- Amir Khury, a 32-year-old Christian Arab from Nof Hagalil, is the heroic Israeli police officer who disarmed the terrorist and was killed in the resulting shootout in Bnei Barak, Israel. Khoury served on the Bnei Brak police station’s motorcyclist responders team. Born to a family of cops — his father Jeries served for 32 years in the police — Khoury joined the police at the age of 20 after leaving dental school. On Tuesday night, Khoury was shot and killed when he arrived on the scene of a terror attack in Bnei Brak. He and another police officer directly engaged the Bnei Brak terrorist, shooting him dead and preventing him from continuing his shooting spree through the Tel Aviv suburb, but Khoury sustained fatal injuries from the firefight.
- Yazan Falach and Shirel Abukarat, both 19-year-old border police soldiers, were murdered during the terror attack in Hadera, Israel on March 27. Falah, a resident of the Druze village of Kisra-Sumei in the Galilee, joined the Border Police a year ago and is survived by his parents and a brother and sister, police said. Aboukrat, a resident of Netanya whose family immigrated from France, joined the force six months ago and is survived by her parents and a brother. According to the Ynet news site, Aboukrat’s mother told friends that she had moved the family from France because she wanted them to live in safety. “We fled France to have security and here she died, in our country. It does not make sense. I wanted to give them a good life and security,” she reportedly told friends.
- Rabbi Moshe Kravitsky, a well-liked member of the Chabad movement, was murdered during the terror attack near a shopping center in Beersheba, Israel. Rabbi Kravitsky was praised for his dedication to serving the community. Rabbi Zalman Gorelik, the senior Chabad rabbi in Beersheba, described Kravitzky as a kind person devoted to his community, saying he was “a loyal soldier in the army” of Chabad in the city, with “a mission to help every Jew” he possibly could. Rabbi Kravitsky is survived by his wife and four children.
- Doris Yahavas, a 49-year-old daughter, wife, mother, and aunt, was killed in the terror attack in Beersheba, Israel. “Doris, my dear wife, mother of my children, who raised them with me, we ask you for forgiveness, we will never forget you all of our lives,” Yahbas’s husband Yossi said at her funeral. “You were the mainstay and the central link of the whole family,” he said. The terrorist “cut you away from us. You will always be with us, in our hearts and souls. I promise to look after the children as you looked after them.”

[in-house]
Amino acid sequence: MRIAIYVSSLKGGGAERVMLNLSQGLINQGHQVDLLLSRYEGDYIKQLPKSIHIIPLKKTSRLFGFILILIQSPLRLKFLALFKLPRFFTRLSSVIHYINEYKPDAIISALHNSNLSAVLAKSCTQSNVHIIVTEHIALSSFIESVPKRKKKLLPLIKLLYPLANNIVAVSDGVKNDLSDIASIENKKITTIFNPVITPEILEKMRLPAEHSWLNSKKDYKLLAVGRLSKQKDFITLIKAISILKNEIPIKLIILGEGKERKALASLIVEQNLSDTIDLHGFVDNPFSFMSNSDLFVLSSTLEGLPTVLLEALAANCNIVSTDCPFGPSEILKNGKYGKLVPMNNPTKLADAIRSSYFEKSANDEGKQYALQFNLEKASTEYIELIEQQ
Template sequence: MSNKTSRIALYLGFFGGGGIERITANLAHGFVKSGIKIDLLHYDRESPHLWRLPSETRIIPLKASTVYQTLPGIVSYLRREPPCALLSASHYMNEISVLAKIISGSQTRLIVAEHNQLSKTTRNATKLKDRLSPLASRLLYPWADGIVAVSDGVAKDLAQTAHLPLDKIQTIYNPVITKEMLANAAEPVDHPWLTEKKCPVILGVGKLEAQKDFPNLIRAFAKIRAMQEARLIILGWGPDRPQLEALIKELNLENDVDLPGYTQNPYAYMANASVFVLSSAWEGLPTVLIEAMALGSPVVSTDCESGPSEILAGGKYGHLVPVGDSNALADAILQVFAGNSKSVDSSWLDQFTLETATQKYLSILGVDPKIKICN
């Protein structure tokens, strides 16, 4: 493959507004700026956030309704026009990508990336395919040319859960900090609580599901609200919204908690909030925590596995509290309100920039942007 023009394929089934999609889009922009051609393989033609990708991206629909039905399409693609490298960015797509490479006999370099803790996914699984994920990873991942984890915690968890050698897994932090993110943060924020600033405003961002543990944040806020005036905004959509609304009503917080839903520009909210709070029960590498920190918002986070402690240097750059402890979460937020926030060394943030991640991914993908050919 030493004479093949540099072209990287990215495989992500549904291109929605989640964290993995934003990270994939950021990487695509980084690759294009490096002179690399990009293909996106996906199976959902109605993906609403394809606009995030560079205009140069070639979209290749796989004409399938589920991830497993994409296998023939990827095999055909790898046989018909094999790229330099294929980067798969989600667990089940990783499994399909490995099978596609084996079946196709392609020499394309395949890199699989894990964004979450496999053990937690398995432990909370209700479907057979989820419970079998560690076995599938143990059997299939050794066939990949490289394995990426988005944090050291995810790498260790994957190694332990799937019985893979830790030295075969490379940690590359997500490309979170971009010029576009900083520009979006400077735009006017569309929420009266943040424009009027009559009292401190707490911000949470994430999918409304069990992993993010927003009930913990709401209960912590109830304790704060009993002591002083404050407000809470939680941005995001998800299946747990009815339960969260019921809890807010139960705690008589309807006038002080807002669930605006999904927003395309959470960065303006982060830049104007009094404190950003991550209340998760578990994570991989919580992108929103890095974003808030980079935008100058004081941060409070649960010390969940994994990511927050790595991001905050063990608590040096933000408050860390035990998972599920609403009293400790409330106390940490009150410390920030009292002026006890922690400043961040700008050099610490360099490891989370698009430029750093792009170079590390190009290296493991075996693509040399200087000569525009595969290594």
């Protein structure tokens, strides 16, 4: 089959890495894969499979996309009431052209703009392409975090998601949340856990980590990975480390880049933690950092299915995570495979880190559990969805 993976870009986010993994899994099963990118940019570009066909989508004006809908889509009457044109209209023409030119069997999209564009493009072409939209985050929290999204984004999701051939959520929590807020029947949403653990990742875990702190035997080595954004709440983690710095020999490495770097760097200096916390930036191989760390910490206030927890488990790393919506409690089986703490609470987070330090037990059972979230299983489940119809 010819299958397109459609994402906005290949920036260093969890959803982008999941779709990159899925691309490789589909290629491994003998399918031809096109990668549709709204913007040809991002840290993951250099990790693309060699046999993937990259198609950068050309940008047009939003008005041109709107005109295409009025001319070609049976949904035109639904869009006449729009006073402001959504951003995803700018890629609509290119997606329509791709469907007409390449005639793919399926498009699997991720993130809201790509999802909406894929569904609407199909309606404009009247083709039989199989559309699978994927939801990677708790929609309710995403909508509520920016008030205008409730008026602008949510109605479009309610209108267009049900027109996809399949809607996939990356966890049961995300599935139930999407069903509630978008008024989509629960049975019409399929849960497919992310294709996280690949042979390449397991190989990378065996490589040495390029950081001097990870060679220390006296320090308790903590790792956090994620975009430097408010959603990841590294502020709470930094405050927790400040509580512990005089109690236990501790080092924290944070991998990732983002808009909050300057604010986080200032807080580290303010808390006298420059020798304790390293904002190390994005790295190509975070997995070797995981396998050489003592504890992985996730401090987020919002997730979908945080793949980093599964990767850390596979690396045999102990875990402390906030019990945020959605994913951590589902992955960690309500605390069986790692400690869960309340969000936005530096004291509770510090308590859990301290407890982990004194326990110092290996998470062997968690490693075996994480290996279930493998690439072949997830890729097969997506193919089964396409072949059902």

- Laura Yitzhak, a 43-year-old mother, sister, and friend, was murdered during the terror attack in Beersheba, Israel. At Laura Yitzhak’s funeral, husband Tal said: “I fell in love with you at first sight when we served together in the army.” The attacker, he said, “decided to kill in cold blood for no reason, because she was Jewish.” “What will I do now?” Tal said. “You are the one who takes care of me, the girls, our home.” One of Yitzhak’s three daughters, Efrat, eulogized her, saying: “Mom, I can’t take it in that you’re not here. I thank you for how you taught me. I will not forget you, I promise to look after the children. You are a hero.” Another of her daughters, Noa, added: “I am writing you a letter with tears. I will not forget this day that you passed on. Never forget me.”
- Menachem Yehezkal, a 67-year-old Israeli senior citizen, was also killed as a result of the terror attack in Beersheba, Israel. Speaking to Army Radio, Menachem’s older brother Yifrach described Menachem as “modest and shy” and as “an observant Jew” who “studied the Torah with his friends every morning.” Yehezkel’s nephew Nati Cohen told the Walla news site that his uncle was “a quiet man who loved to hike,” and described his death as “a hard blow, a terrible tragedy.” Menachem Yehezkel leaves behind four siblings.
Barak, Tomer, Eytam, Avishai, Amir, Shirel, Yazan, Moshe, Doris, Laura, Menachem, and the others that were unidentified, we will not forget you. Your memories will be a blessing, and your passings will help ground us morally, spiritually, and emotionally.
Esa Einai, El He’arim, El He’arim… Mei’ayin Yavo Ezri, Ezri Me’im Hashem… We call to you, we pray out loud in a strong voice… Please Hashem- Bring Back our Boys.Bring Back Our Boys— Shmueli